The second biomechanical factor is that your knee tends to twist just a little bit when you are running. This causes the IT band to pluck over the outside of the knee. The twist occurs somewhere between the time the heel strikes and when you push off with the toe. There are a few variations of how the foot strikes the ground and various schools of thought on exactly how this should occur. I have seen athletes of all styles who are very competitive and injury free. Observation of sprinters quickly reveals a definite tendency to run on the toes, in order to engage the springy calf muscles. Some of the wackiest looking gait patterns cause no apparent injuries. In general though, if your foot rolls inward too much, it will cause trouble. This is especially so with endurance athlete.
Prevention and treatment:
Stretch after you run. Take 10 or 15 minutes and stretch all of your gait muscles. The theory behind stretching is that when you do strenuous exercise you are tearing down muscles. After running, especially longer distances, the muscles tend to shorten up in response to muscle break down in the same that a would tends to contract during the healing process. If you stretch immediately after you run, this lengthens the micro tears and prevents the over tightness and imbalances that lead to injury. Almost all runners become aware of differences in their muscle flexibility and this is especially true of the illiotibial band. Unfortunately, most runners will rest after a long run and avoid stretching because they are tired. This may explain why, in most cases, ITB begins on the run following a long distance training run.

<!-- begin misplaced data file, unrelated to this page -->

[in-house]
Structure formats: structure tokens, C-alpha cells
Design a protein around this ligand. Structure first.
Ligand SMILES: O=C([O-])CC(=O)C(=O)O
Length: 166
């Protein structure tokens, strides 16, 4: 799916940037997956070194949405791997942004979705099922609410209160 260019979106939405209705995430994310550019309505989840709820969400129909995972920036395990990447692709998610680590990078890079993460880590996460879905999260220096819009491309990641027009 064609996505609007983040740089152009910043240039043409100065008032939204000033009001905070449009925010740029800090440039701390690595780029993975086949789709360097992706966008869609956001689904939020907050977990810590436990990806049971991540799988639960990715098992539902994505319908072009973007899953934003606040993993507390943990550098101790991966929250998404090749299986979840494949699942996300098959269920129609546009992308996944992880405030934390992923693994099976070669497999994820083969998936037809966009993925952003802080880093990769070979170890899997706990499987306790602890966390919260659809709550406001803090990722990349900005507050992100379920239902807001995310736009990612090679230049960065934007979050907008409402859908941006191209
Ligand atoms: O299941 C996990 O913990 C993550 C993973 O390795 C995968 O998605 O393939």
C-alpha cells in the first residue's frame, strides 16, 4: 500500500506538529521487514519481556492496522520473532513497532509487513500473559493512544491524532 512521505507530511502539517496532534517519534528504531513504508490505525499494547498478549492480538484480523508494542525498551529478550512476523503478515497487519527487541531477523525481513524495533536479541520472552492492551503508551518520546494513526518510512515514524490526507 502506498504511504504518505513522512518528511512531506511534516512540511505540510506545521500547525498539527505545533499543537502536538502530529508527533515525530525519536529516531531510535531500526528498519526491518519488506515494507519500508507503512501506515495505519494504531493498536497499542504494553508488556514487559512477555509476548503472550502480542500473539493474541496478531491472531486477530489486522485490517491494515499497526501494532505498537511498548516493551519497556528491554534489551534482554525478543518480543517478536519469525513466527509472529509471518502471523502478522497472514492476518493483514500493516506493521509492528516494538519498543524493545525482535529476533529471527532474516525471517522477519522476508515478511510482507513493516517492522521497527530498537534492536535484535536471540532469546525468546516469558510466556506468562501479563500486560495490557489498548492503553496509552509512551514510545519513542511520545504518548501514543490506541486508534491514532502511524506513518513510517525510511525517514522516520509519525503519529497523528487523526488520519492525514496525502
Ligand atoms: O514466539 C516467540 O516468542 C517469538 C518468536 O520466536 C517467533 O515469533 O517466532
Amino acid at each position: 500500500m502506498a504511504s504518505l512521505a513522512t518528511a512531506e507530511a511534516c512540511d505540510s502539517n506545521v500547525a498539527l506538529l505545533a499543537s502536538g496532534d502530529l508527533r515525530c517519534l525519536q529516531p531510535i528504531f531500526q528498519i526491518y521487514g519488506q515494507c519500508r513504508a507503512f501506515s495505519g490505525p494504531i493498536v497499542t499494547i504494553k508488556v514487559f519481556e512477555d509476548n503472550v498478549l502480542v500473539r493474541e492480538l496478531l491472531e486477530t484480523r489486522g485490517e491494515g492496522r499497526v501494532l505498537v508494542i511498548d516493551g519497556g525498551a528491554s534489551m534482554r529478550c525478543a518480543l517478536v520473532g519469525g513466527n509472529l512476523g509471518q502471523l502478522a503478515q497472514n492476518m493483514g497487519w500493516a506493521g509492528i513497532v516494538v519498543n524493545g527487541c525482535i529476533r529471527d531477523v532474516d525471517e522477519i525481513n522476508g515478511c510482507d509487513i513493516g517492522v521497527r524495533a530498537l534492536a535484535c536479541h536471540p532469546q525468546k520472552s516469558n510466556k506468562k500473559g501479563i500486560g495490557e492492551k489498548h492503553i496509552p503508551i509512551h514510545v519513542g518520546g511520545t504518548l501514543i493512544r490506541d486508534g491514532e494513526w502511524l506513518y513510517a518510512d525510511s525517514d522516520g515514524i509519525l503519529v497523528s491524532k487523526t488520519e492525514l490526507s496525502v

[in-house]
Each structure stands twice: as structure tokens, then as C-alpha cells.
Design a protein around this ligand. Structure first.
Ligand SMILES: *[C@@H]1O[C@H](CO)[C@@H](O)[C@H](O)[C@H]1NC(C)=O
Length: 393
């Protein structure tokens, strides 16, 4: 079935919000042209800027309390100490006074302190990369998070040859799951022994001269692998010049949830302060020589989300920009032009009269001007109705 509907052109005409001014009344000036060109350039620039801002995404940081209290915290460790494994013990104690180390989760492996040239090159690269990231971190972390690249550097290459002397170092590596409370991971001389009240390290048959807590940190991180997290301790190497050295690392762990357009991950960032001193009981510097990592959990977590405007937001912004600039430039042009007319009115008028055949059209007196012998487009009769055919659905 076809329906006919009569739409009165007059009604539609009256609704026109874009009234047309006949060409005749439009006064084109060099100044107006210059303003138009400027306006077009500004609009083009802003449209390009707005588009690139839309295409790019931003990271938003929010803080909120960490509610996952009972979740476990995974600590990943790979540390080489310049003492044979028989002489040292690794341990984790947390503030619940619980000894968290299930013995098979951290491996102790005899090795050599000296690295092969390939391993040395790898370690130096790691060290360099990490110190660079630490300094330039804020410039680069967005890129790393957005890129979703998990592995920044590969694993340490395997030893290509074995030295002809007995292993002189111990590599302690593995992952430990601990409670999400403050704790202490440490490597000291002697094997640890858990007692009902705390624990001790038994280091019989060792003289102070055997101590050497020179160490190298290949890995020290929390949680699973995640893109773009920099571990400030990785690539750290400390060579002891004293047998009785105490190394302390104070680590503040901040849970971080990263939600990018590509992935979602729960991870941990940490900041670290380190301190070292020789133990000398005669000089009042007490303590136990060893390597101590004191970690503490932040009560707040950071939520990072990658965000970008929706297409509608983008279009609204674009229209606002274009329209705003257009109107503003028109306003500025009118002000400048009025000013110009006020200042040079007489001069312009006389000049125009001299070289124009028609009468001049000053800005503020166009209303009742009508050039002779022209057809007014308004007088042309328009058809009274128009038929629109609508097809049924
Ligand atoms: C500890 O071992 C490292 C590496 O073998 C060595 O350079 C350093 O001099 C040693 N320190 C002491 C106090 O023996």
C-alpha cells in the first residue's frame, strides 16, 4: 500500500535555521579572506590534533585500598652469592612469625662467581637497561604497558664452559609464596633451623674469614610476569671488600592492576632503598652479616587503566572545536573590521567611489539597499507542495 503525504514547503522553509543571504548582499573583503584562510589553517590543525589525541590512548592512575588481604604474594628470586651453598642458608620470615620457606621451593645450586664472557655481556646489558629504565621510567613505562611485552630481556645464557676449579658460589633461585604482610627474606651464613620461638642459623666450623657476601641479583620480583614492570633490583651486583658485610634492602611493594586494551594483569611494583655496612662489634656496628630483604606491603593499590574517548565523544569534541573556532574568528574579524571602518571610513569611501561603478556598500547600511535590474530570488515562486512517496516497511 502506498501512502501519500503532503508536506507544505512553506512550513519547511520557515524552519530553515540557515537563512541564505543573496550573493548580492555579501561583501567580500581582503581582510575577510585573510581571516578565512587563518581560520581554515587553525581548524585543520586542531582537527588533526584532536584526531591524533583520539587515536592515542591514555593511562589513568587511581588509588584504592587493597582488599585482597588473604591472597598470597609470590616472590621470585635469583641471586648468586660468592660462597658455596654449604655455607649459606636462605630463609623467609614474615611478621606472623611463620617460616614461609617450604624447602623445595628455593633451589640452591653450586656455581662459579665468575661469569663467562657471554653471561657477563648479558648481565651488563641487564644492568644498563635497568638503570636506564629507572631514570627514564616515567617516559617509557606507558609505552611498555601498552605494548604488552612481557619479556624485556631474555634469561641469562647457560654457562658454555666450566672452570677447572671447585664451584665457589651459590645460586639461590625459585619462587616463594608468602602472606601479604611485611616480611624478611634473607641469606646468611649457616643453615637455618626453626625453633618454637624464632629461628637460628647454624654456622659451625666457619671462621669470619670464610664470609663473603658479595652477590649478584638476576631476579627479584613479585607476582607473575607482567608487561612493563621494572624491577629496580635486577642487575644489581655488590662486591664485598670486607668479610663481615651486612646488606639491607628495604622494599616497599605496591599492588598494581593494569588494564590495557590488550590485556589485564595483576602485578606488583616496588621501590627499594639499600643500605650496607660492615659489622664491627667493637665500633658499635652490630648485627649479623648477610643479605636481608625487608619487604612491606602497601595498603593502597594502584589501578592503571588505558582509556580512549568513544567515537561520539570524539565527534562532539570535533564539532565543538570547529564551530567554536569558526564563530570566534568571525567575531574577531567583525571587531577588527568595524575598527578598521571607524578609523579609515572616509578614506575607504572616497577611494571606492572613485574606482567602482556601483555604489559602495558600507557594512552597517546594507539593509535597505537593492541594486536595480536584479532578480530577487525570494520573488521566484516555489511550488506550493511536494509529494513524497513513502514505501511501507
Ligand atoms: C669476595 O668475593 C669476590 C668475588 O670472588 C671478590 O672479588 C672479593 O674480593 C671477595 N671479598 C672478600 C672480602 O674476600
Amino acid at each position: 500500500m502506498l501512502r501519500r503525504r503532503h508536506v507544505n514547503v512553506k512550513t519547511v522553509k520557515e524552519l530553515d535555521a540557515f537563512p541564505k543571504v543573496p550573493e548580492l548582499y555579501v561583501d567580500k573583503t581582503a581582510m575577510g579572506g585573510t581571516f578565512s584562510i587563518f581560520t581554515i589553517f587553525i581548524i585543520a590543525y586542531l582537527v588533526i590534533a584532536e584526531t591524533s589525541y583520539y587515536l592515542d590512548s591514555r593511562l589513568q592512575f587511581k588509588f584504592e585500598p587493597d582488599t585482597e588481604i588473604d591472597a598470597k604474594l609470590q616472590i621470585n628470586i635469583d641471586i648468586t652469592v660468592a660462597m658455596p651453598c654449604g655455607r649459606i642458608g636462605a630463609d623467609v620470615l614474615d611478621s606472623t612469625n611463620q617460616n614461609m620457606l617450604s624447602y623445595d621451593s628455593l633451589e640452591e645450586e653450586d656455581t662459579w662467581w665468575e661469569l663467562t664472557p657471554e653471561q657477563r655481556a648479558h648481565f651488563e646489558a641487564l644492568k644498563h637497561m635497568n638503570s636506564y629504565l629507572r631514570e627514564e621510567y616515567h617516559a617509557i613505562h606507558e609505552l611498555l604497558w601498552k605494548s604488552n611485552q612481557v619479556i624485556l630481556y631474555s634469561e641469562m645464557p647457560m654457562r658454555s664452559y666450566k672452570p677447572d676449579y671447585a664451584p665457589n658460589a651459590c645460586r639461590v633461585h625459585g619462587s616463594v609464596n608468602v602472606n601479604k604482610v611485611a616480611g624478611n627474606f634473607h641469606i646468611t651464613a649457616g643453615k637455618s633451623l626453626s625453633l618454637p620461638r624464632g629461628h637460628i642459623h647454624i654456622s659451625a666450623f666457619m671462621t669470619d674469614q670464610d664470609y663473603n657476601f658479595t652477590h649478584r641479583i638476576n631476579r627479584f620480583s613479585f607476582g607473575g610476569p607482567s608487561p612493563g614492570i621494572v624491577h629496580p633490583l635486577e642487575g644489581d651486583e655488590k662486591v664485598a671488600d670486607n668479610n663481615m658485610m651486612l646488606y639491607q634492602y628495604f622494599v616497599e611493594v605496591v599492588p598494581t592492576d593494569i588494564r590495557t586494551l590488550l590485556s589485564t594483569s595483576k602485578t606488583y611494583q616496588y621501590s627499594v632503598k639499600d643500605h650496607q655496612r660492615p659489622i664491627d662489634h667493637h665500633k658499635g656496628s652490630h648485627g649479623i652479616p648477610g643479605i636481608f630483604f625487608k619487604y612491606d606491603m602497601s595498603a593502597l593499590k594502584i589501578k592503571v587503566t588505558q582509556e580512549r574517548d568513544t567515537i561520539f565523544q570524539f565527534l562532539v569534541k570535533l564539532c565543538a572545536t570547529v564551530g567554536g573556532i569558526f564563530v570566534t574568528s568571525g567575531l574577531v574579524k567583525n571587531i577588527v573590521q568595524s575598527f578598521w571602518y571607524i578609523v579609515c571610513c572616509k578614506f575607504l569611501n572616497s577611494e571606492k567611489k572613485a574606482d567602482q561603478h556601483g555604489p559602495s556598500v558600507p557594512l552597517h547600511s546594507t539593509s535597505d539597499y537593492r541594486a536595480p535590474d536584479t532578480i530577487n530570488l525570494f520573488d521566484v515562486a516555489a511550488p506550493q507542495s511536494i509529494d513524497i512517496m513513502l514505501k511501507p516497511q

Exercises that strengthen your gluteal muscles, tensor fascia latae and core should be your first line of defense. I have found it nearly impossible to explain exercises in an article. Drawings and photographs only add to the confusion. Even face to face coaching can be difficult to teach the exercises. I have noticed that teaching the exercises and stretches to those who most need them are the same people who have the most difficult time learning them. I have videotaped the exercises that work the best and you can view them on U-Tube http://www.youtube.com/drstevensmithdc. These are not the only exercises that work – there are others but I have had great success with these. The 3 point touch is the best all around exercise, followed by the side plank and abdominal strength. The abdominals can be tricky if you have a sensitive back so I have left out some of the more challenging methods. If you’re a new runner I recommend that you start these exercises right now- to prevent having problems in the first place.